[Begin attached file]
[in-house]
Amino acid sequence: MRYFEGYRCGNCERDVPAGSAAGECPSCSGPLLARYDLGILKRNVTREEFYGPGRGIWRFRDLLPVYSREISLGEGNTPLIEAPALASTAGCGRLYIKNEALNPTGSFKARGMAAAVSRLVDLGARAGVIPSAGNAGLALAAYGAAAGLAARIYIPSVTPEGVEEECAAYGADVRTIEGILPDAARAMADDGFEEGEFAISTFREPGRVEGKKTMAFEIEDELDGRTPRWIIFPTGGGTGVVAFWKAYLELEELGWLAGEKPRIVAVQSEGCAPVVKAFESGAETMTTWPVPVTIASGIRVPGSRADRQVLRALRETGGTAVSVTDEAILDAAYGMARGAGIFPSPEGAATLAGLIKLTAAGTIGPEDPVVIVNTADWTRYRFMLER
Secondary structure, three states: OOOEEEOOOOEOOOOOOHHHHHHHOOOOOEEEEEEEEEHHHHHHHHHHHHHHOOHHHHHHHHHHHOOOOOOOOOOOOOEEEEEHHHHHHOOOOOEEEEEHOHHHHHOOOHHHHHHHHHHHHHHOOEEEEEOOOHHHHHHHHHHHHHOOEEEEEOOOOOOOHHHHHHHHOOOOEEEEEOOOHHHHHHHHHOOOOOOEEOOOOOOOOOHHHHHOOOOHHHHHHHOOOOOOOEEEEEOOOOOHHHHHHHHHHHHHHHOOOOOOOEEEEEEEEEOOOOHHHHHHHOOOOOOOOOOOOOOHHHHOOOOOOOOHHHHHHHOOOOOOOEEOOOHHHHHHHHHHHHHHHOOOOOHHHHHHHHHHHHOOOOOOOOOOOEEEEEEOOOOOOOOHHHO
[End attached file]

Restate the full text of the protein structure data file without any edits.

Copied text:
[in-house]
Amino acid sequence: MRYFEGYRCGNCERDVPAGSAAGECPSCSGPLLARYDLGILKRNVTREEFYGPGRGIWRFRDLLPVYSREISLGEGNTPLIEAPALASTAGCGRLYIKNEALNPTGSFKARGMAAAVSRLVDLGARAGVIPSAGNAGLALAAYGAAAGLAARIYIPSVTPEGVEEECAAYGADVRTIEGILPDAARAMADDGFEEGEFAISTFREPGRVEGKKTMAFEIEDELDGRTPRWIIFPTGGGTGVVAFWKAYLELEELGWLAGEKPRIVAVQSEGCAPVVKAFESGAETMTTWPVPVTIASGIRVPGSRADRQVLRALRETGGTAVSVTDEAILDAAYGMARGAGIFPSPEGAATLAGLIKLTAAGTIGPEDPVVIVNTADWTRYRFMLER
Secondary structure, three states: OOOEEEOOOOEOOOOOOHHHHHHHOOOOOEEEEEEEEEHHHHHHHHHHHHHHOOHHHHHHHHHHHOOOOOOOOOOOOOEEEEEHHHHHHOOOOOEEEEEHOHHHHHOOOHHHHHHHHHHHHHHOOEEEEEOOOHHHHHHHHHHHHHOOEEEEEOOOOOOOHHHHHHHHOOOOEEEEEOOOHHHHHHHHHOOOOOOEEOOOOOOOOOHHHHHOOOOHHHHHHHOOOOOOOEEEEEOOOOOHHHHHHHHHHHHHHHOOOOOOOEEEEEEEEEOOOOHHHHHHHOOOOOOOOOOOOOOHHHHOOOOOOOOHHHHHHHOOOOOOOEEOOOHHHHHHHHHHHHHHHOOOOOHHHHHHHHHHHHOOOOOOOOOOOEEEEEEOOOOOOOOHHHO